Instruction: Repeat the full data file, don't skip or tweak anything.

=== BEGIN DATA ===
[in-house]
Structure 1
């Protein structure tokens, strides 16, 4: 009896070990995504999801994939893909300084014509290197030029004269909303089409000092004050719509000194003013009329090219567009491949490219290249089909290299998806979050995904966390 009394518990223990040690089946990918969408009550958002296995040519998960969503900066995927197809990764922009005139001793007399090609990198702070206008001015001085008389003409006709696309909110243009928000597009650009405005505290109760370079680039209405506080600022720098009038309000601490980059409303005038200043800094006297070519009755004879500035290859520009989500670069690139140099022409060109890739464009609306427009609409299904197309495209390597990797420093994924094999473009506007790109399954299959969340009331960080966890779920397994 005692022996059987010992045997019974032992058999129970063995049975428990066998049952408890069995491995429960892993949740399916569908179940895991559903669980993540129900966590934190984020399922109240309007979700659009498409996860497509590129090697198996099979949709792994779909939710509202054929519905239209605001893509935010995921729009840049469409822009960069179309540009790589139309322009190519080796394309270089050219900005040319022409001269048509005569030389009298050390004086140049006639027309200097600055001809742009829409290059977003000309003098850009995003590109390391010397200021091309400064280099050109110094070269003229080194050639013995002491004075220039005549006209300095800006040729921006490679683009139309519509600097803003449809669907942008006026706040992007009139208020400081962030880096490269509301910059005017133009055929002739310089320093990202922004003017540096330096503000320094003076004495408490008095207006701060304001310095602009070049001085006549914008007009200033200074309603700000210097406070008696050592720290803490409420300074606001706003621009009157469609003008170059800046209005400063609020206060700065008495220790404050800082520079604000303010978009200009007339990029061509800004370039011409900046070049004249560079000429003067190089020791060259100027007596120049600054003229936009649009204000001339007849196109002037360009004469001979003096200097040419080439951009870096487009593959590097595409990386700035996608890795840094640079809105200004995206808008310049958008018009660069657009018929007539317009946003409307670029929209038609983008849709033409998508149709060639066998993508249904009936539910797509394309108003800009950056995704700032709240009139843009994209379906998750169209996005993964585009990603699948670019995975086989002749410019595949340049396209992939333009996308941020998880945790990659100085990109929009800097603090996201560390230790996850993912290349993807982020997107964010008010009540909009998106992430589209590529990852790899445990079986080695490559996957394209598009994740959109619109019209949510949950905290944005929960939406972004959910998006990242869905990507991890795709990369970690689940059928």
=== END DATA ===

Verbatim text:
[in-house]
Structure 1
């Protein structure tokens, strides 16, 4: 009896070990995504999801994939893909300084014509290197030029004269909303089409000092004050719509000194003013009329090219567009491949490219290249089909290299998806979050995904966390 009394518990223990040690089946990918969408009550958002296995040519998960969503900066995927197809990764922009005139001793007399090609990198702070206008001015001085008389003409006709696309909110243009928000597009650009405005505290109760370079680039209405506080600022720098009038309000601490980059409303005038200043800094006297070519009755004879500035290859520009989500670069690139140099022409060109890739464009609306427009609409299904197309495209390597990797420093994924094999473009506007790109399954299959969340009331960080966890779920397994 005692022996059987010992045997019974032992058999129970063995049975428990066998049952408890069995491995429960892993949740399916569908179940895991559903669980993540129900966590934190984020399922109240309007979700659009498409996860497509590129090697198996099979949709792994779909939710509202054929519905239209605001893509935010995921729009840049469409822009960069179309540009790589139309322009190519080796394309270089050219900005040319022409001269048509005569030389009298050390004086140049006639027309200097600055001809742009829409290059977003000309003098850009995003590109390391010397200021091309400064280099050109110094070269003229080194050639013995002491004075220039005549006209300095800006040729921006490679683009139309519509600097803003449809669907942008006026706040992007009139208020400081962030880096490269509301910059005017133009055929002739310089320093990202922004003017540096330096503000320094003076004495408490008095207006701060304001310095602009070049001085006549914008007009200033200074309603700000210097406070008696050592720290803490409420300074606001706003621009009157469609003008170059800046209005400063609020206060700065008495220790404050800082520079604000303010978009200009007339990029061509800004370039011409900046070049004249560079000429003067190089020791060259100027007596120049600054003229936009649009204000001339007849196109002037360009004469001979003096200097040419080439951009870096487009593959590097595409990386700035996608890795840094640079809105200004995206808008310049958008018009660069657009018929007539317009946003409307670029929209038609983008849709033409998508149709060639066998993508249904009936539910797509394309108003800009950056995704700032709240009139843009994209379906998750169209996005993964585009990603699948670019995975086989002749410019595949340049396209992939333009996308941020998880945790990659100085990109929009800097603090996201560390230790996850993912290349993807982020997107964010008010009540909009998106992430589209590529990852790899445990079986080695490559996957394209598009994740959109619109019209949510949950905290944005929960939406972004959910998006990242869905990507991890795709990369970690689940059928």